I love old, abandoned buildings and ghost towns. There is something eerie and fascinating about these places that are historically suspended in time. This Old West Ghost Town in Grove, TX is one of these places. It definitely peeked my curiosity and did not disappoint.
Old West Ghost Town in Texas, The Grove
The Grove was founded in 1859. Growth of the area came from farming cotton, livestock, and grain. In the 1870s, Wendish settlers (more info about Wends below) came to The Grove adding a Lutheran church.
By the 1900s The Grove was so prosperous that it had a two-teacher school and a population of 700 people.
However, beginning in the 1940’s, the town started to decline as farmers lost land to State Highway 36, Belton dam, and Fort Hood being built. In 1948 the public school closed.
Historical Museum Town
It’s a Ghost Town but not officially. It is officially listed with the Smithsonian as an actual Historical Museum Town now.
Around 1970, a man by the name of Moody Anderson, bought up the last stores standing in the town.
Anderson then turned The Grove into a living history museum and would host good ole jamborees for the communities around
Old West Ghost Town in Texas
By doing this, Anderson preserved the town giving others an unfiltered glimpse into Texas’ Old West of cowboys, outlaws, and gunslingers. In 2010, Fran Moyer bought The Grove from Moody Anderson. The town has since been sitting still and untouched. That means that it’s not even being used as a living museum now. It’d be nice to see them do something with The Grove.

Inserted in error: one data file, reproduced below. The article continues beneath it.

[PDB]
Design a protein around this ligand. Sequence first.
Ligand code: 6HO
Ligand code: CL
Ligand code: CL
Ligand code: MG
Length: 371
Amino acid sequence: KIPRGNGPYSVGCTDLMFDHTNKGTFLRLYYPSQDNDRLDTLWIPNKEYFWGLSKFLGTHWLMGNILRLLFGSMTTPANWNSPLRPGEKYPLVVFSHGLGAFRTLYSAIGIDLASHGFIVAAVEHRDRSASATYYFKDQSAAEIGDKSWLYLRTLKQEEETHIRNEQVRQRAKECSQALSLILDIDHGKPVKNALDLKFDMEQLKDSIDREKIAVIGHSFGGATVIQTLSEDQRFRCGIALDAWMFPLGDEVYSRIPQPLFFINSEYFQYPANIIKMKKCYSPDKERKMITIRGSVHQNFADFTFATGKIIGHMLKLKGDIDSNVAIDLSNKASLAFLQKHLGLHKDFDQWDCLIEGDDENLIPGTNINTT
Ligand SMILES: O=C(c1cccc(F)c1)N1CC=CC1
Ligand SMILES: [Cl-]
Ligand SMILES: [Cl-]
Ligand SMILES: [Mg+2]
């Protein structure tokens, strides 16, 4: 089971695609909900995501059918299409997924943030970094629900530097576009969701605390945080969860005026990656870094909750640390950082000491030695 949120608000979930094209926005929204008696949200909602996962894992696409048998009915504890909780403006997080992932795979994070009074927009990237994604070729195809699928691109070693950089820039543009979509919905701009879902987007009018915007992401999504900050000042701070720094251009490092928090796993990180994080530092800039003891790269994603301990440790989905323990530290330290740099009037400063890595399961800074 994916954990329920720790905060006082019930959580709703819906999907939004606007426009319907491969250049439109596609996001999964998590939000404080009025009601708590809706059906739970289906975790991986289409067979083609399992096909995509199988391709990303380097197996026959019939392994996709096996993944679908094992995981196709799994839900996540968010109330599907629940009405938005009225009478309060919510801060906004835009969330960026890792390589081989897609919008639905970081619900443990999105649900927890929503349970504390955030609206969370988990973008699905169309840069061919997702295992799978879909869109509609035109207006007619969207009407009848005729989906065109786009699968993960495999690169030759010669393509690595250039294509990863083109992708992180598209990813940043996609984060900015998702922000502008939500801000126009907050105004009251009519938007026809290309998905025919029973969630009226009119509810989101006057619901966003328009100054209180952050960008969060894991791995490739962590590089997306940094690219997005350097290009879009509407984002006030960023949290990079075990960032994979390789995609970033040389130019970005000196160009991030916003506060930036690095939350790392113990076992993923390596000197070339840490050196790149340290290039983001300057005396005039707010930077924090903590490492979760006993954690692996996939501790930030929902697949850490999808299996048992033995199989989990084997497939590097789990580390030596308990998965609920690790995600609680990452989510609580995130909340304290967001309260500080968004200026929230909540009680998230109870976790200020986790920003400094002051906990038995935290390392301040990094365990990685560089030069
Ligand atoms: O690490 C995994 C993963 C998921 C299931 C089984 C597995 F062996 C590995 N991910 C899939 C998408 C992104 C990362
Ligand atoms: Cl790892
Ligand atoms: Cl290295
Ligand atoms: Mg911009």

The Infamous Well of The Grove
We stopped and visited The Grove. My little Texas cowboys walked the saloon, sheriff’s office, jail, general store, blacksmith post, and post office. They also investigated the “famous well” of The Grove.
Where the well stands is where the State Highway 36 was originally going to be placed. The people of Grove, or I’m not sure who really, refused to move the well. I’ve been told that decision was the beginning of the ending of The Grove. On the other hand, if they had made the Highway go right over the well, there wouldn’t be anything at all left of The Grove. I was also told that The Well of Grove was still used. I think someone was trying to pull my leg.
The Wendish Settlers of Texas
This ghost town tells the story of Texas’ lesser-known history of the Wends. I was especially excited to discover the Wends had settled in this area of Texas. Wends, also known as Sorbs, are Slavic people from an area in Germany known as Lusatia. Lusatia is a region found in the German states of Saxony and Brandenburg and reaching into Poland. During a road trip overseas in Germany, we spent some time in Brandenburg where a majority of Slavic speaking ethnic minority Sorbs live. The area of Spreewald and the town of Bautzen are beyond magical and thick with Sorbian culture. Sorbs are one of four recognized minorities in Germany. Outside of Lusatia, Wendish communities can be found in Texas and Australia.
Old West Ghost Town in Texas, The Grove, Location
Ghost town and old west historical museum makes this place a unique road trip pitstop in Texas.
The Grove is on Farm Road 114 off State Hwy 36. It’s 15 miles southeast of Gatesville in Coryell County.
There is no actual address for this ghost town, but you can pull it up on Google Maps. The exact location is 31° 16′ 24″ N, 97° 31′ 31″ W (31.273333, -97.525278), on Farm Road 1114, off State Hwy 36. The closest town is Gatesville, TX, and it’s not too far from Waco.